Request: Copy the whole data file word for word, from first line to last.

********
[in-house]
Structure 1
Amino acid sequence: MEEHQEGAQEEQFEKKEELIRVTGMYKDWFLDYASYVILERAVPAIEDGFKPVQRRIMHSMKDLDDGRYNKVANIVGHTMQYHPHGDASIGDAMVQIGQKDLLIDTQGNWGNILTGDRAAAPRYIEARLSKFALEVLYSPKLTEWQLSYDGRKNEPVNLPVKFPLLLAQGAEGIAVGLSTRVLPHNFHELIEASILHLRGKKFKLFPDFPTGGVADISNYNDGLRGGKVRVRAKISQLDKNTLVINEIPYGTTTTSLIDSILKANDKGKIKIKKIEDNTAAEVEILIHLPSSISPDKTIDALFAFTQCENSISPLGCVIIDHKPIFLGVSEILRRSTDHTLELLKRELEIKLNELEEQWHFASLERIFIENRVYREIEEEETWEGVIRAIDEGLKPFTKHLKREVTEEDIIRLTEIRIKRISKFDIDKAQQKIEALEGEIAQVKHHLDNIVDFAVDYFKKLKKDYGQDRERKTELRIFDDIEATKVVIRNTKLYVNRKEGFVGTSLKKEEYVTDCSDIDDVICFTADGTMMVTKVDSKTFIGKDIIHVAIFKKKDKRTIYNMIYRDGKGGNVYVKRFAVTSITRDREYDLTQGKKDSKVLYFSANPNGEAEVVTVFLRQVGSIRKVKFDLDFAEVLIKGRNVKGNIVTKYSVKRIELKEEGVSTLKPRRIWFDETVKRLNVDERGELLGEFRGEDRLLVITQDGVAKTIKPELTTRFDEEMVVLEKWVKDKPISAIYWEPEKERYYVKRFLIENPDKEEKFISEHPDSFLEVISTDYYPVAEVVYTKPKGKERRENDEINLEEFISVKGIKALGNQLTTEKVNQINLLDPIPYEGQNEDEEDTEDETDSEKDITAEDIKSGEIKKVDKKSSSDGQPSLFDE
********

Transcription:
[in-house]
Structure 1
Amino acid sequence: MEEHQEGAQEEQFEKKEELIRVTGMYKDWFLDYASYVILERAVPAIEDGFKPVQRRIMHSMKDLDDGRYNKVANIVGHTMQYHPHGDASIGDAMVQIGQKDLLIDTQGNWGNILTGDRAAAPRYIEARLSKFALEVLYSPKLTEWQLSYDGRKNEPVNLPVKFPLLLAQGAEGIAVGLSTRVLPHNFHELIEASILHLRGKKFKLFPDFPTGGVADISNYNDGLRGGKVRVRAKISQLDKNTLVINEIPYGTTTTSLIDSILKANDKGKIKIKKIEDNTAAEVEILIHLPSSISPDKTIDALFAFTQCENSISPLGCVIIDHKPIFLGVSEILRRSTDHTLELLKRELEIKLNELEEQWHFASLERIFIENRVYREIEEEETWEGVIRAIDEGLKPFTKHLKREVTEEDIIRLTEIRIKRISKFDIDKAQQKIEALEGEIAQVKHHLDNIVDFAVDYFKKLKKDYGQDRERKTELRIFDDIEATKVVIRNTKLYVNRKEGFVGTSLKKEEYVTDCSDIDDVICFTADGTMMVTKVDSKTFIGKDIIHVAIFKKKDKRTIYNMIYRDGKGGNVYVKRFAVTSITRDREYDLTQGKKDSKVLYFSANPNGEAEVVTVFLRQVGSIRKVKFDLDFAEVLIKGRNVKGNIVTKYSVKRIELKEEGVSTLKPRRIWFDETVKRLNVDERGELLGEFRGEDRLLVITQDGVAKTIKPELTTRFDEEMVVLEKWVKDKPISAIYWEPEKERYYVKRFLIENPDKEEKFISEHPDSFLEVISTDYYPVAEVVYTKPKGKERRENDEINLEEFISVKGIKALGNQLTTEKVNQINLLDPIPYEGQNEDEEDTEDETDSEKDITAEDIKSGEIKKVDKKSSSDGQPSLFDE